Suturing suggests closing a wound, making an incision, editing a film, or stitching together parts, locations, and points of view. The word is a helpful one for today's historians of disease, suffering, and medical practice in Africa. Whether focusing on a hospital or shrine, on malaria, trauma, witchcraft, or nursing, historians are grappling in new ways with problems of joining locations and viewpoints, of tethering pasts with the present. New challenges arise from thinking about Africa's place in today's world of global health and biosecurity, war zones and heritage monies, emerging medical markets and self-treatment devices. Suturing points to new kinds of creativity with sources, evidence, and interactivity. As new digital capacities transform how history is engaged and produced, the word suturing helps to draw attention to the question of audiences and publics for African medical histories in the 21 st century.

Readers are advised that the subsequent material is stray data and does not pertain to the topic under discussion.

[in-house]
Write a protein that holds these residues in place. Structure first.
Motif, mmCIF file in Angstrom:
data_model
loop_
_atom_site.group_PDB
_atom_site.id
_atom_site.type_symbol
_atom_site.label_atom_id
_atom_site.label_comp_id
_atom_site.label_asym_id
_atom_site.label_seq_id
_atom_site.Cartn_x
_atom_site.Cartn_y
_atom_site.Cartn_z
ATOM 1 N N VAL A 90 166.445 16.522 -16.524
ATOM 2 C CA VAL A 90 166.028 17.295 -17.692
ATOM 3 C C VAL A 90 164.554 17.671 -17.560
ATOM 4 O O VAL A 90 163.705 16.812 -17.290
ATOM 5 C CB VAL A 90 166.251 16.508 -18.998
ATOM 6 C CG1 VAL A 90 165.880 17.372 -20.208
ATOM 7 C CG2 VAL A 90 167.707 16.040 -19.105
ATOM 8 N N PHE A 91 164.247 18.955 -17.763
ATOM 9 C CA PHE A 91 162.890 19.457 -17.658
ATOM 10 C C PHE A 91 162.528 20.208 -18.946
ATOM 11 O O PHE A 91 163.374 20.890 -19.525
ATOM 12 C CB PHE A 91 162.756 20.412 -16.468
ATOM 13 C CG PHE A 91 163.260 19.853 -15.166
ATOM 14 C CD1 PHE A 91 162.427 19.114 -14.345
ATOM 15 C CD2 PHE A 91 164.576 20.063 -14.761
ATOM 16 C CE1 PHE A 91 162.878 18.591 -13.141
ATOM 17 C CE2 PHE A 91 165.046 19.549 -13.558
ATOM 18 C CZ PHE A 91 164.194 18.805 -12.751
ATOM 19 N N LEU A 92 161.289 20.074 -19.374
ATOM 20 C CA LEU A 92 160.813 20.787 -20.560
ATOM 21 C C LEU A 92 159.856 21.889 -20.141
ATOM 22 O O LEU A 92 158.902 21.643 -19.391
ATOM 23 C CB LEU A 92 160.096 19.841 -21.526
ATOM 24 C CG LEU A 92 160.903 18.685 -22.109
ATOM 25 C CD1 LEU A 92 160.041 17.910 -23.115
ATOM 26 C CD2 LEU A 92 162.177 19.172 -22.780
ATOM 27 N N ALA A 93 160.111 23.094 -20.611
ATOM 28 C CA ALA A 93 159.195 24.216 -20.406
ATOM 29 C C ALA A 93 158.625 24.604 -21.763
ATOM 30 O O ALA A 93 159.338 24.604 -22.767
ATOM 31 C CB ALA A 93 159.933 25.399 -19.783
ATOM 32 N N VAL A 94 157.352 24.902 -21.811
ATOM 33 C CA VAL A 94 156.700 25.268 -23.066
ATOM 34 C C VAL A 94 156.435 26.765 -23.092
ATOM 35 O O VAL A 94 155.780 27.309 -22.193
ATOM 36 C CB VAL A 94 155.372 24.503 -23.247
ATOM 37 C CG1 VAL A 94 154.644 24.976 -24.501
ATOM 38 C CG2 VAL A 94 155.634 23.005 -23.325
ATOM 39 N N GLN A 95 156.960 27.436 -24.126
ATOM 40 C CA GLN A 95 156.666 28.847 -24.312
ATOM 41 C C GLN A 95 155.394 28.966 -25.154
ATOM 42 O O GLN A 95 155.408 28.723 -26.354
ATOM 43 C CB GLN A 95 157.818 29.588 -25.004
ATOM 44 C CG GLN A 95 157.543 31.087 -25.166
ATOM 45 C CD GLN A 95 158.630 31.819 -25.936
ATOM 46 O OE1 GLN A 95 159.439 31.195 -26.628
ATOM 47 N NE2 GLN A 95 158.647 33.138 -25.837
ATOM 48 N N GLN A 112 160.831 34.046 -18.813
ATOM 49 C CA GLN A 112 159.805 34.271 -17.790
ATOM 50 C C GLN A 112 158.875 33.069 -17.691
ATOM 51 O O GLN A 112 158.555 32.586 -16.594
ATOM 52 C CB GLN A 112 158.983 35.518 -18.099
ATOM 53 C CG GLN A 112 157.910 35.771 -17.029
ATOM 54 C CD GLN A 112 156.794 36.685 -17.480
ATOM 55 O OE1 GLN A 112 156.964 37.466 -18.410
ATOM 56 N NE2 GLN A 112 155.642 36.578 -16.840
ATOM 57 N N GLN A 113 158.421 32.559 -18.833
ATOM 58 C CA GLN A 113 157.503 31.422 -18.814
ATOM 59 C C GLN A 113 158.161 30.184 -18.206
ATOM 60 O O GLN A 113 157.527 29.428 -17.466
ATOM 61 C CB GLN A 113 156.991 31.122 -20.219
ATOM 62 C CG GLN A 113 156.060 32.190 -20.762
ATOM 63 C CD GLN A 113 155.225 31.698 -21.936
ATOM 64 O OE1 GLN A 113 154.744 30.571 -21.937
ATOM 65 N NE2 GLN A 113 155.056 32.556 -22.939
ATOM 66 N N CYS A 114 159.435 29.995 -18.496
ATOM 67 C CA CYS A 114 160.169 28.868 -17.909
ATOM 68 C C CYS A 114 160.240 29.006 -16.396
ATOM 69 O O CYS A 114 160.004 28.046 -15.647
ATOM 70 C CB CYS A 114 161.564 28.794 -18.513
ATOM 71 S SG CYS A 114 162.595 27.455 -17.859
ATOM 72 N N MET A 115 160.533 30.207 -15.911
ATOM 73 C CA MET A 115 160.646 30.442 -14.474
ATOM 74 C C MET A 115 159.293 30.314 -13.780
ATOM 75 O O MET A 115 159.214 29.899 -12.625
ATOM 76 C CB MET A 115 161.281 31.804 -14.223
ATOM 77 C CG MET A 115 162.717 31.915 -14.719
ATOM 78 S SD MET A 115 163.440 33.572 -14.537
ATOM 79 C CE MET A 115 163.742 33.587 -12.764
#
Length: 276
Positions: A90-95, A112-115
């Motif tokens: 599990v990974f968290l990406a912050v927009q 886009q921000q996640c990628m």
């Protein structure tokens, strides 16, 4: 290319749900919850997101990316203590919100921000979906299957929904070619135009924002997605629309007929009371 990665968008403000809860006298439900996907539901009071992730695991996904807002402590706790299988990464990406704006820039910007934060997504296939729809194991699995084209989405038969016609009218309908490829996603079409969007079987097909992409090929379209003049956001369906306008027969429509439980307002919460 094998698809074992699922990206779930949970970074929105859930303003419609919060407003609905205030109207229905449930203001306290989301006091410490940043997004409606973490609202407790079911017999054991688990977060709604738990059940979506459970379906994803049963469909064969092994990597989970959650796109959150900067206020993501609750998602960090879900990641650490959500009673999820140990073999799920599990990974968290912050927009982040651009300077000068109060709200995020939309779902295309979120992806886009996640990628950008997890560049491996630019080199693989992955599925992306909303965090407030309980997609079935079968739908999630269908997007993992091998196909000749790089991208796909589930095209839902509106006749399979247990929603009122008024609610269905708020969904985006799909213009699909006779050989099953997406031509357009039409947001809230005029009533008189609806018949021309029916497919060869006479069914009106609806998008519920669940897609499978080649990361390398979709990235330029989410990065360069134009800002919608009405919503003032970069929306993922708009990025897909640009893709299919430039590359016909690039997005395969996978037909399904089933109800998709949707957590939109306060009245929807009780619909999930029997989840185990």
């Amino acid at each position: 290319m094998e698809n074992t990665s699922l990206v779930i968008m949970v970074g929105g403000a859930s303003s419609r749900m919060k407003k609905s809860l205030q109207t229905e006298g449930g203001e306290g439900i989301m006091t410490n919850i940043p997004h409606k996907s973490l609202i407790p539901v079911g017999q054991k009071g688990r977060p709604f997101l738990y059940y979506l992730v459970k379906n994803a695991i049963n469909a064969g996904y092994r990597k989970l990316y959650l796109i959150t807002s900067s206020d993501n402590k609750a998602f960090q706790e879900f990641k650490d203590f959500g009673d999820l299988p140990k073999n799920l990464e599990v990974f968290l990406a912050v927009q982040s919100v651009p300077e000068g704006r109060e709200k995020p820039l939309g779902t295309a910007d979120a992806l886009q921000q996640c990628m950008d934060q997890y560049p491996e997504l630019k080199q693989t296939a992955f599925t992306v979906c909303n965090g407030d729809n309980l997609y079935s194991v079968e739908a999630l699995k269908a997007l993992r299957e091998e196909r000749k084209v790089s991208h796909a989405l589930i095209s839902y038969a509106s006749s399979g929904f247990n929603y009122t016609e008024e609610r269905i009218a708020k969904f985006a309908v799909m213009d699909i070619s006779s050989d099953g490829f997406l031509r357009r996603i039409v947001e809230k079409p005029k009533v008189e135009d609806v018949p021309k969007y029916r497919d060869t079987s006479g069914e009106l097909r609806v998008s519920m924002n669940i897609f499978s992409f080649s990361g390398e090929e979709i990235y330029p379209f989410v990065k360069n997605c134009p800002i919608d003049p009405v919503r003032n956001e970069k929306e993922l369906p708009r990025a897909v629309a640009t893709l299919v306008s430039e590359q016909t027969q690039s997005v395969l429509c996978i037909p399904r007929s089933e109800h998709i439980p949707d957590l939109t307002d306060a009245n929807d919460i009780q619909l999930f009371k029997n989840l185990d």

Nancy Rose Hunt is Professor of History (and Obstetrics/Gynecology) at the University of Michigan, Ann Arbor. Educated in the humanities and medical history at the Universities of Chicago (BA, 1980) and Wisconsin-Madison (PhD, 1992), she has taught and done extended research in Burundi, Democratic Republic of Congo, and Ghana. A Colonial Lexicon, her ethnographic history of medicine, childbearing, and therapeutic objects in colonial and postcolonial Zaire, received the African Studie s Association's Herskovits Prize in 2000. A Nervous State: Violence, Remedies, and Reverie in Colonial Congo, forthcoming from Duke, considers the sequelae of imperial violence on bodies, persons, communities, and states. She is also busy writing Health & Medicine: A World History, a short primer with complex scales, for the new Oxford World History Series.